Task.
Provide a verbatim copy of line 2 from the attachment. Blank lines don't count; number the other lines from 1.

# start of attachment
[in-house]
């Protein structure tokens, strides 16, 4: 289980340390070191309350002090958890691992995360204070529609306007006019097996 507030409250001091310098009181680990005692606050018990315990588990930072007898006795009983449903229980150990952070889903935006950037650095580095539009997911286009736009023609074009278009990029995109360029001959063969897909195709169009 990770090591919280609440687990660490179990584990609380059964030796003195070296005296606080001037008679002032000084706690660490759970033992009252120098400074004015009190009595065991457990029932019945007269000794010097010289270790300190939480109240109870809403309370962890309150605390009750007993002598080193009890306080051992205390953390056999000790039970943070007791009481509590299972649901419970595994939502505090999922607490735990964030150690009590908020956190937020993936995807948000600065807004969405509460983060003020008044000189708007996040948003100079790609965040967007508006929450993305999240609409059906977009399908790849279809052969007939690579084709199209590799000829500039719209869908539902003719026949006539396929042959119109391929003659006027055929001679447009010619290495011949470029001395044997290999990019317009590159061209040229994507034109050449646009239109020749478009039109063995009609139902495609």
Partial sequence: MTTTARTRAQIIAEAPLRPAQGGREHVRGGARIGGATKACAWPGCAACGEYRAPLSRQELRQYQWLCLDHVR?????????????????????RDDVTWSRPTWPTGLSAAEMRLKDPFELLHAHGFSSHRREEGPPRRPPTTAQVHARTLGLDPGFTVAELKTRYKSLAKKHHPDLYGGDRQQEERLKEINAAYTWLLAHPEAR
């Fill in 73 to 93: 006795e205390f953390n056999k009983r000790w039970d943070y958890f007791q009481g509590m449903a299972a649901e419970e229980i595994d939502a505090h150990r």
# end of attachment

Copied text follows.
């Protein structure tokens, strides 16, 4: 289980340390070191309350002090958890691992995360204070529609306007006019097996 507030409250001091310098009181680990005692606050018990315990588990930072007898006795009983449903229980150990952070889903935006950037650095580095539009997911286009736009023609074009278009990029995109360029001959063969897909195709169009 990770090591919280609440687990660490179990584990609380059964030796003195070296005296606080001037008679002032000084706690660490759970033992009252120098400074004015009190009595065991457990029932019945007269000794010097010289270790300190939480109240109870809403309370962890309150605390009750007993002598080193009890306080051992205390953390056999000790039970943070007791009481509590299972649901419970595994939502505090999922607490735990964030150690009590908020956190937020993936995807948000600065807004969405509460983060003020008044000189708007996040948003100079790609965040967007508006929450993305999240609409059906977009399908790849279809052969007939690579084709199209590799000829500039719209869908539902003719026949006539396929042959119109391929003659006027055929001679447009010619290495011949470029001395044997290999990019317009590159061209040229994507034109050449646009239109020749478009039109063995009609139902495609």